Garry Brown was not even meant to be playing at Leamington Spa this summer, but now he is a Commonwealth Games champion.
The 39-year-old was a late call-up to the men’s para pairs team with Kevin Wallace and claimed Scotland’s first lawn bowls gold medal of the 2022 Commonwealth Games, with a 16-7 victory over Australia.
Wallace and Brown were the dominant pair throughout the tournament and held their nerve in the gold medal match in front of an exuberant Tartan Army.
Brown was only called up to the team after Garry Hood was suspended for posting offensive remarks online, but the duo showed little signs of unfamiliarity.
And an emotional Wallace believed they saved their best bowls until last to win their first-ever gold medals.
“I said during the week I was saving that wee bit for the final when I wasn’t playing great,” said Wallace. “Well, we delivered today.
“Garry smashed it, I’m so proud of him, stepping in late. You just know what you must do when you pull that Scotland top on.
“It means the world to us; it hasn’t really sunk in yet.”
This summer, Team Scotland, supported by funding raised by National Lottery players, compromises of over 250 athletes, all vying for medal success.
Brown only got the call for the Commonwealths weeks before the start of the competition on Friday, but the pair got off to an electric start to their campaign, beating England 23-12 in their own backyard.
It was the perfect start, and the pair didn’t look back, romping through their group with their only defeat coming against Australia.
But the pair got their revenge in the gold medal match, and Brown admitted it would take a while for him to come to terms with what he had achieved.
“It will take me a good long while to get that through my head,” said Brown.
“I’ve been to international swimming, football, but that tops the lot.
“What a team, they’ve supported me all the way through it.
“A late call-up and the team just got together; Kevin basically guided me all the way through it.”
The pair were cheered on throughout by a strong and vocal Scottish contingent in the crowds that made it sound like the games were being held in Barrhead rather than Birmingham at times.
Wallace even had friends make the trip over from Spain to see him play in the final, and the duo believed such strong support made the difference.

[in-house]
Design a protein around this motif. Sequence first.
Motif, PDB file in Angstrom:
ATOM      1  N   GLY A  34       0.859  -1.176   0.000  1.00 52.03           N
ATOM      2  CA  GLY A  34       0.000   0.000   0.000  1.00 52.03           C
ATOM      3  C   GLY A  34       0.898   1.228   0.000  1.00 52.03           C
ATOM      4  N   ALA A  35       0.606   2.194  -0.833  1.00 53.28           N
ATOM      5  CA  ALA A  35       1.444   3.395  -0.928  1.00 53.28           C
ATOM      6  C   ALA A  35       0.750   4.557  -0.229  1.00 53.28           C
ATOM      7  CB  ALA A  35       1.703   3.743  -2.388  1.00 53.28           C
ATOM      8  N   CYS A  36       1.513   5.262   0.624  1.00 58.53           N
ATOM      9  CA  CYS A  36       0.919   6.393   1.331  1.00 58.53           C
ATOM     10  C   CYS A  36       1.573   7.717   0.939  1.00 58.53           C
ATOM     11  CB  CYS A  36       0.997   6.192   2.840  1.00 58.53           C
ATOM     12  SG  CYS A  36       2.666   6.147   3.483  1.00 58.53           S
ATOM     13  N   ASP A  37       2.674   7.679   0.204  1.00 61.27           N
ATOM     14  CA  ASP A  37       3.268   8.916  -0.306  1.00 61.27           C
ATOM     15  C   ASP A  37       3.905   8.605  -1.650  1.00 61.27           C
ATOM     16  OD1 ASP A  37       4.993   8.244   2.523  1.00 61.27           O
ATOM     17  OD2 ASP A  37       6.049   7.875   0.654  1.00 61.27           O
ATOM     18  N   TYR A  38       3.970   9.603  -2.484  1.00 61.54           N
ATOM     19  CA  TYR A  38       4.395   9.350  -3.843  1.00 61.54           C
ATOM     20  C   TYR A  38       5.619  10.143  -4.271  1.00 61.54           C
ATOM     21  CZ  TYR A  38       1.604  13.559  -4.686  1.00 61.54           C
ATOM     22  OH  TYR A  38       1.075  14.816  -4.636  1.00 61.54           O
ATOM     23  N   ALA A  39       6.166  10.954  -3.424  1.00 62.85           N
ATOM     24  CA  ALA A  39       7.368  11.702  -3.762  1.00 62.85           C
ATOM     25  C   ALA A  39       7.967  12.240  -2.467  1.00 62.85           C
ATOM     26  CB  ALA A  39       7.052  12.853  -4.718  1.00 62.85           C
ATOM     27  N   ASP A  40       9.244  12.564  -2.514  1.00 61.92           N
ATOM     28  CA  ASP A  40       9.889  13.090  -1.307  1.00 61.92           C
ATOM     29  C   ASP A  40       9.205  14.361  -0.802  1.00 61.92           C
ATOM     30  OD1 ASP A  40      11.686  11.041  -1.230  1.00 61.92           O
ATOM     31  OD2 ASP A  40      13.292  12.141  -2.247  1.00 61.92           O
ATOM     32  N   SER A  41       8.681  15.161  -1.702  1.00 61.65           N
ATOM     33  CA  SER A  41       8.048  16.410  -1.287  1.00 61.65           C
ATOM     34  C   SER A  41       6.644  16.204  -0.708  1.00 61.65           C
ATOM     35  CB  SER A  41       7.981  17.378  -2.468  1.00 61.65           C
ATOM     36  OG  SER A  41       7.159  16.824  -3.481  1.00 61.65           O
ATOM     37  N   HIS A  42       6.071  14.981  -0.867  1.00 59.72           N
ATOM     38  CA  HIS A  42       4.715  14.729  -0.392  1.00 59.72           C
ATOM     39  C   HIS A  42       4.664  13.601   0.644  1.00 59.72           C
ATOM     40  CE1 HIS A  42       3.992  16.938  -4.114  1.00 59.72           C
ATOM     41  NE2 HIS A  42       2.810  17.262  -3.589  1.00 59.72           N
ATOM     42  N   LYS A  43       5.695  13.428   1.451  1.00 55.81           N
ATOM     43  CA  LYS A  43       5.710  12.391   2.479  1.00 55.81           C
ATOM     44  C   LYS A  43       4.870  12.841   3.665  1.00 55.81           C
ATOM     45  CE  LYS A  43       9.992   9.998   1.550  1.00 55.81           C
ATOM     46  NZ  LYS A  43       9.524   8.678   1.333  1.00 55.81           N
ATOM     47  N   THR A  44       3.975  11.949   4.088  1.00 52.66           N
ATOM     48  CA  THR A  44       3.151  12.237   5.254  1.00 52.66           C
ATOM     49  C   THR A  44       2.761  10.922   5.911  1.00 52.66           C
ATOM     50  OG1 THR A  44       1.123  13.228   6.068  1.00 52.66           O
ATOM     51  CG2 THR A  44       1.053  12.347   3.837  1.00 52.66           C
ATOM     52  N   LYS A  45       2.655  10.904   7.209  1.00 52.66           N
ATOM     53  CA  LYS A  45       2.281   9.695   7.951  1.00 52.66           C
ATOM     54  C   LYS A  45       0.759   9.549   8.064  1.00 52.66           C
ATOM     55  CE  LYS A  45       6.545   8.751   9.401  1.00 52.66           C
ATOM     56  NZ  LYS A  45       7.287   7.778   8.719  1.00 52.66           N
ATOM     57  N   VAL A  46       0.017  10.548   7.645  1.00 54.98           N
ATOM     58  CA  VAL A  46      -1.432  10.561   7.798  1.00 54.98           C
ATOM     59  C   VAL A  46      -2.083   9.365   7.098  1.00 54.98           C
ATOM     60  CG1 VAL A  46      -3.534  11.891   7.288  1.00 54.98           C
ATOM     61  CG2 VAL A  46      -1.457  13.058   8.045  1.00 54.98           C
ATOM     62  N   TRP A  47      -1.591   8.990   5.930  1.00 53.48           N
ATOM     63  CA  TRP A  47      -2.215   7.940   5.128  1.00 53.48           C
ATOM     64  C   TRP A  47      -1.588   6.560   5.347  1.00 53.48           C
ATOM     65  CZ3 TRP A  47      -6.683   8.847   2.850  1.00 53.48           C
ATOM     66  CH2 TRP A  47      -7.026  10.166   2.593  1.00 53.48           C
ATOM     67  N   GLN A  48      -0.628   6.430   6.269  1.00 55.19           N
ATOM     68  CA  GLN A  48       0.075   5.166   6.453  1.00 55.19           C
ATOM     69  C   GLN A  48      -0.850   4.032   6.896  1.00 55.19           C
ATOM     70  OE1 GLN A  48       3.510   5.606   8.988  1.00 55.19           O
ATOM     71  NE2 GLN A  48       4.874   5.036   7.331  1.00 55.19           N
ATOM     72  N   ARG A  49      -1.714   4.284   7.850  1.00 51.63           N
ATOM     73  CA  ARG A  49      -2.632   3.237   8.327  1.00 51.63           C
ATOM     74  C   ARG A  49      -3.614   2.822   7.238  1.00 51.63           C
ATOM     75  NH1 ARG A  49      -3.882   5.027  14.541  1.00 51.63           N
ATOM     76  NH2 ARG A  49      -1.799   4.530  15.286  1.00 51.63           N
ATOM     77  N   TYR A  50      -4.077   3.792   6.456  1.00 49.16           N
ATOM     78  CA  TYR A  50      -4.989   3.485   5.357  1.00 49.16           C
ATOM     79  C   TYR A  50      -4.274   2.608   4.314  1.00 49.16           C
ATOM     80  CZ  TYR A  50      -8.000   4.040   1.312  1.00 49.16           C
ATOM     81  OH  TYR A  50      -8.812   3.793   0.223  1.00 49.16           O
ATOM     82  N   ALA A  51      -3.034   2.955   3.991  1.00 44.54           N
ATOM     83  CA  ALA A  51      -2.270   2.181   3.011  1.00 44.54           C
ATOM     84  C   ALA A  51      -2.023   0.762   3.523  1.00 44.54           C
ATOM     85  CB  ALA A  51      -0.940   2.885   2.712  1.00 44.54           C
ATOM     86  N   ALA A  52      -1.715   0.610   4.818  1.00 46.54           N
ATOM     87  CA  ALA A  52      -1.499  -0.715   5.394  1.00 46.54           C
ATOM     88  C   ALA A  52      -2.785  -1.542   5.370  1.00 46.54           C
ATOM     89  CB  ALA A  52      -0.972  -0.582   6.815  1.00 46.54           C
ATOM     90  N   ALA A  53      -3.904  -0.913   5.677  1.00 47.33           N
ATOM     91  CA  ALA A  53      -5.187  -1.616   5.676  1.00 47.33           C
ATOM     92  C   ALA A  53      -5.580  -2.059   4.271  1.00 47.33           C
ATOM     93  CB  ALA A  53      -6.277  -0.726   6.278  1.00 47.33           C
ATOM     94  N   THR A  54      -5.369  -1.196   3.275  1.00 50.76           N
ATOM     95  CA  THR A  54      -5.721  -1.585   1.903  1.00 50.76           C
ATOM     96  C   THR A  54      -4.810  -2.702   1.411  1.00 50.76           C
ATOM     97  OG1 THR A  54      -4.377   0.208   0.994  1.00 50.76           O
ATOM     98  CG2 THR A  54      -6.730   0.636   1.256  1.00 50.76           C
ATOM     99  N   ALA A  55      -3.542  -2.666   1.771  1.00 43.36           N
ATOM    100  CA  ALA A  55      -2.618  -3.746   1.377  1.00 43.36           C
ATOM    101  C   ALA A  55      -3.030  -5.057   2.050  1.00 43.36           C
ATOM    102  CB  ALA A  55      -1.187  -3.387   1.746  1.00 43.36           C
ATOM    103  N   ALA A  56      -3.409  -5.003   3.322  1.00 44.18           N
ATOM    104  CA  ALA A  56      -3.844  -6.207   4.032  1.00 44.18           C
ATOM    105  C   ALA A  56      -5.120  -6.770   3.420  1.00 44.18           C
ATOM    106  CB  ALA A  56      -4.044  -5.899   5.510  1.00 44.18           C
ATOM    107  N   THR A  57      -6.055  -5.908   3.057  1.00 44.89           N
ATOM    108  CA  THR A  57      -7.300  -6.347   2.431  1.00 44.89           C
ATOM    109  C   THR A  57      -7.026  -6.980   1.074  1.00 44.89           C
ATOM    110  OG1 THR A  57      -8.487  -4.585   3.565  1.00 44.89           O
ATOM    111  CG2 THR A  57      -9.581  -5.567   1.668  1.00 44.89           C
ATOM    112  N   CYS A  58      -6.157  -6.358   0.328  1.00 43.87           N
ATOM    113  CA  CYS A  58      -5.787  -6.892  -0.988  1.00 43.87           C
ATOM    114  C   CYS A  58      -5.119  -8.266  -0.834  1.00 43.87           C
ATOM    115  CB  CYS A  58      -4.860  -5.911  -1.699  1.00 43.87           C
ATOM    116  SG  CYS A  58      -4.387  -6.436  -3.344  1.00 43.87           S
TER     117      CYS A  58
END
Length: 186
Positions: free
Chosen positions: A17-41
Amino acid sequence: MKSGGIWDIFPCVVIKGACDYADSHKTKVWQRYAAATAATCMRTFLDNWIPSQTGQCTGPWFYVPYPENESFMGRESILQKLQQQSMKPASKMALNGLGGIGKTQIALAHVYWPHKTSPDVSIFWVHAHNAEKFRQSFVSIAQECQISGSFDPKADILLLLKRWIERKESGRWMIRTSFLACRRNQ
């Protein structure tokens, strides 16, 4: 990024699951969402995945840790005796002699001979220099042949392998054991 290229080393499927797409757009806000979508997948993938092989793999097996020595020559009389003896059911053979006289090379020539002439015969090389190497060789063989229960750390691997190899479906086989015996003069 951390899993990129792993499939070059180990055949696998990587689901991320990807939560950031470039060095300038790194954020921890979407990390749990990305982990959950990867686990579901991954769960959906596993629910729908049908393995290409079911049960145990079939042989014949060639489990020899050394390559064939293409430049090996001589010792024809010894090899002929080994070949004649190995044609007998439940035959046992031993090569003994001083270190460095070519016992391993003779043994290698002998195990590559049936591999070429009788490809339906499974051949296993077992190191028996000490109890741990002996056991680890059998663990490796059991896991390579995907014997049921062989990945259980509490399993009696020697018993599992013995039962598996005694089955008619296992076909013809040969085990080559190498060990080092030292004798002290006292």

“Kevin told me his friends were coming back from Spain for the final, and I was like ‘okay we need to win the gold then, don’t we?’”, joked Brown.
Such support might have seen others wilt under the pressure, but not Wallace and Brown, who remained calm amongst the idyllic surroundings of Victoria Park to claim Scotland’s third gold of the 2022 Games.
“We just played the game as it came, we knew they were going to be tough,” said Wallace. “They’re a great team but we really gelled today.
“We were phenomenal right from the word go. It’s a phenomenal achievement.”
There was also a medal for legendary pair Alex “Tattie” Marshall and Paul Foster, as they bounced back from a disappointing defeat in the men’s pairs semi-finals to take bronze.
The pair added yet another medal to their collections, now a combined total of 13, with a comfortable 25-5 victory over Northern Ireland’s Sam Barkley and Martin McHugh.
And the duo insisted they were always confident of victory in Leamington Spa.
“To get any medal at a Commonwealth Games is a great achievement,” said Foster, who won his sixth medal.
“[There was] disappointment from yesterday but we’re both experienced enough to put that behind us.
“We recharged last night, went through a few things, and then came out all guns blazing.
“Tattie played well today, I was happy with how I played, and we deserved to get the bronze medal.
“Any time I failed; Tattie was there to do the business.”